Urban particulate matter casues ER stress and the unfolded protein response in human lung cells
Oxford University Press
Because of its presumed adverse health effects, particulate air pollution (PM) has received growing attention, but the cellular mechanisms by which PM exerts toxicity are not well elucidated. PM has been associated with early mortality from illnesses that share endoplasmic reticulum (ER) stress as a mechanism of pathogenesis. In this study, we examined whether PM would induce the unfolded protein response (UPR) which is a cellular response to ER stress. Coarse (PM10) and fine (PM2.5) PM was collected from a single location in Northern Utah's Cache Valley during atmospheric inversions occurring in January 2002 and January 2003. Extracts of PM samples were added (12.5 and 25 μg/ml) to cultured human bronchial epithelial (BEAS-2B) cells for 24 h. At these concentrations neither PM nor LPS exhibited demonstrable cytotoxicity by the neutral red assay. However, PM elicited significant increases of unfolded protein response (UPR)–related post-translational modifications, such as S6 ribosomal protein, heat-shock protein (Hsp)27, and protein kinase related protein phosphorylation and cleavage of activating transcription factor (ATF)-6. PM exposure also resulted in significant increases in the UPR-associated proteins ATF-4, Hsp70, Hsp90, and binding immunoglobulin protein. PM also interfered with the export of Hsp70 from the cells in a concentration-dependent manner and resulted in release of C-reactive protein. Calpain was upregulated and activated in PM-treated cultures, though these events were not proapoptotic. This study demonstrates that PM is capable of inducing ER stress and the UPR in vitro and may be a mechanism by which PM exerts toxicity.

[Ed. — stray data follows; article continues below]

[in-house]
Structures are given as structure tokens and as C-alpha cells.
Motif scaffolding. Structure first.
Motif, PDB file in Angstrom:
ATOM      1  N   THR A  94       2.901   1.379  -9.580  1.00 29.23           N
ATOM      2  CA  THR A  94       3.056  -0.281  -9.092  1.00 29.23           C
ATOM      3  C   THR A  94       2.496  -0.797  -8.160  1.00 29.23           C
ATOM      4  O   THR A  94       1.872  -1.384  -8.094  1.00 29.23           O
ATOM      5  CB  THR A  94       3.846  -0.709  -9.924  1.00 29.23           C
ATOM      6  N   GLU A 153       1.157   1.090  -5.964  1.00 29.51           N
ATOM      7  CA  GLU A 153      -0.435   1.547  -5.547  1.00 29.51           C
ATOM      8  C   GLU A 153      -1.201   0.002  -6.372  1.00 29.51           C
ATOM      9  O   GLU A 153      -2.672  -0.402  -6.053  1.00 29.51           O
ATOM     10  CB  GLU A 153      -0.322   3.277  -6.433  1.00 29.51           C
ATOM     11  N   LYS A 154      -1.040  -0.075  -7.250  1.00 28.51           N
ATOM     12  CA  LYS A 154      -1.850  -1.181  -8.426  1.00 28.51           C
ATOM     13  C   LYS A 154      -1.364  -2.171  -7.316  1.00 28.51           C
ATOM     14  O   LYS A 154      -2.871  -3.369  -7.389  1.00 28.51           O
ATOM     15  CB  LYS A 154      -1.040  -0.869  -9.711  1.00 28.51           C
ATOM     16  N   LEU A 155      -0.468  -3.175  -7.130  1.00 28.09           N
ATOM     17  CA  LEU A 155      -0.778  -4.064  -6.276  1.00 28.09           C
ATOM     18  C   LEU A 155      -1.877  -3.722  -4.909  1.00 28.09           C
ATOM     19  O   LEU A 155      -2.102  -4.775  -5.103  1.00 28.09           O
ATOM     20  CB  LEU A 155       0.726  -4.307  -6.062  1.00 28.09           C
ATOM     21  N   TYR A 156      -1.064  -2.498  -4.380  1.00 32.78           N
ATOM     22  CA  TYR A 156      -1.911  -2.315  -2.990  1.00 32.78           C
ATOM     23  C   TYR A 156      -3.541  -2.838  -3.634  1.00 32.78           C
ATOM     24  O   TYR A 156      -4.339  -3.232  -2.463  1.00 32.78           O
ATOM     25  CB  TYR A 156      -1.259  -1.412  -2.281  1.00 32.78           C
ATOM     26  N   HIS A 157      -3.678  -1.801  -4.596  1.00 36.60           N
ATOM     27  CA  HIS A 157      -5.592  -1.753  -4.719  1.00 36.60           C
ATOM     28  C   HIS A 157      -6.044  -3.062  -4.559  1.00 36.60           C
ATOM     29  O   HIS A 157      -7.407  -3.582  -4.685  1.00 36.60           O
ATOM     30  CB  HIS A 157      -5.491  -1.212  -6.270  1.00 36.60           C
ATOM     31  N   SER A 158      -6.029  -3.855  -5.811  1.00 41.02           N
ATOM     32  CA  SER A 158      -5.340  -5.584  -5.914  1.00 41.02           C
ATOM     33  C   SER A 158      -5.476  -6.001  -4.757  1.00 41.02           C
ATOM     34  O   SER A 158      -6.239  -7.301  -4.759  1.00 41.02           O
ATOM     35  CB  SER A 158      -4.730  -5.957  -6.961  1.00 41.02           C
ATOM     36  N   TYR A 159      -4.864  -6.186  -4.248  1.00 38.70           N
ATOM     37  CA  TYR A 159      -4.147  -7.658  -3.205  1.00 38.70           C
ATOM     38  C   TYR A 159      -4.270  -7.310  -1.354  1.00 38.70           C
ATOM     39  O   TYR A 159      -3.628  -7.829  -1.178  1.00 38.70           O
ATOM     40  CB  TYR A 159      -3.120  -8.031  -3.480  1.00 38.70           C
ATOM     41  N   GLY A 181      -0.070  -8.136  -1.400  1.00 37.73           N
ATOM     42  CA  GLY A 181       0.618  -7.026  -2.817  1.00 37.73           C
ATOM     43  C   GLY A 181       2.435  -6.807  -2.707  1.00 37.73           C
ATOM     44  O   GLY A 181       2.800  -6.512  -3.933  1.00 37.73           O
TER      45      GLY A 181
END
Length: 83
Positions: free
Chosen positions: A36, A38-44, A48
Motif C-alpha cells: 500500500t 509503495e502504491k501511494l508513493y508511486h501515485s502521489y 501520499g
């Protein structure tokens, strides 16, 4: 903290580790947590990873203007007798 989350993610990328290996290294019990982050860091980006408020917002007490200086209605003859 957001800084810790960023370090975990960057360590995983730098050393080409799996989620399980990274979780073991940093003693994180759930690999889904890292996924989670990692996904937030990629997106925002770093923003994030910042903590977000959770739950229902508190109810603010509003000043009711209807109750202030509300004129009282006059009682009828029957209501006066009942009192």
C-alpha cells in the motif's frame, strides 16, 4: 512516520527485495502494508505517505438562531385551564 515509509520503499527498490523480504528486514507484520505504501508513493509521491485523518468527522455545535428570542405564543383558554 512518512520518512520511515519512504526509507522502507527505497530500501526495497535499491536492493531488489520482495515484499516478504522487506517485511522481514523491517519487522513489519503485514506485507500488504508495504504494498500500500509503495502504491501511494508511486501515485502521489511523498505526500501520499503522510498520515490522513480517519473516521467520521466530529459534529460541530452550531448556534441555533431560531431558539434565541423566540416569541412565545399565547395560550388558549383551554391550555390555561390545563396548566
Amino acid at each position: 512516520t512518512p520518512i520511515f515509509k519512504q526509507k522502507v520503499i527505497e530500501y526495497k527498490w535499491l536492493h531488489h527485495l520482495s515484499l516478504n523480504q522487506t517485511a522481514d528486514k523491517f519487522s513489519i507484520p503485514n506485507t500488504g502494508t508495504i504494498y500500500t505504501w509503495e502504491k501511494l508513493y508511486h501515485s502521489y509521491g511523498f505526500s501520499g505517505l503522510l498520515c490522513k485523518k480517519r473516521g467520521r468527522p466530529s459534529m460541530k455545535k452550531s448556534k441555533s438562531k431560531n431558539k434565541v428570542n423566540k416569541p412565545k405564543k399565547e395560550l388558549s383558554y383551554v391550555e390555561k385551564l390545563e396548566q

Watterson, T.L., B. Hamilton, R. Martin, and R.A. Coulombe, Jr. (2009), Urban particulate matter causes ER stress and the unfolded protein response in human lung cells, Toxicol. Sci., 112(1), 111-122.